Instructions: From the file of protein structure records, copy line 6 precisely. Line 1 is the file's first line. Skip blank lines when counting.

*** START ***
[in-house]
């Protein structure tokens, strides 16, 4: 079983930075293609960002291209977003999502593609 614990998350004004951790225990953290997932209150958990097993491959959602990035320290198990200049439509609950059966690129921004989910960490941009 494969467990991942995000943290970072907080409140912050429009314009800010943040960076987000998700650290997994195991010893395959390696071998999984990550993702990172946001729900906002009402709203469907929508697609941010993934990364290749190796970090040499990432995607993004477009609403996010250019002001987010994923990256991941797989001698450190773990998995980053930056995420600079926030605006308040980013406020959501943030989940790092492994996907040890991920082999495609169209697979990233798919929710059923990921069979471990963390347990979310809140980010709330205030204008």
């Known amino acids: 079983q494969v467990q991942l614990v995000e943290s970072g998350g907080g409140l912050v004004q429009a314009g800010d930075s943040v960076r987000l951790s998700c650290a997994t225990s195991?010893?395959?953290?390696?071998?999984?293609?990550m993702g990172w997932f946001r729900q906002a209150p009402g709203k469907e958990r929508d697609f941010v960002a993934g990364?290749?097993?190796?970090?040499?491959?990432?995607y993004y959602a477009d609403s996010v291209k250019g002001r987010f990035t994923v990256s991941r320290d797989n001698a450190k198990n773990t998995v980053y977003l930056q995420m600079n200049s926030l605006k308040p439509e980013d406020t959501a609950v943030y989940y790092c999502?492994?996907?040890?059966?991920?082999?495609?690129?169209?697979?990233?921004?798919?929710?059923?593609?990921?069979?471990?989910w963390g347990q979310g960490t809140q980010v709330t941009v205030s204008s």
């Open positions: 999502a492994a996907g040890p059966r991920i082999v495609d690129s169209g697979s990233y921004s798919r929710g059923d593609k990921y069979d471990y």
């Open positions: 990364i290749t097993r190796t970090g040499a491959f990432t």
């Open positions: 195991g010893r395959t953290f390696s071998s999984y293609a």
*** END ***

């Open positions: 195991g010893r395959t953290f390696s071998s999984y293609a």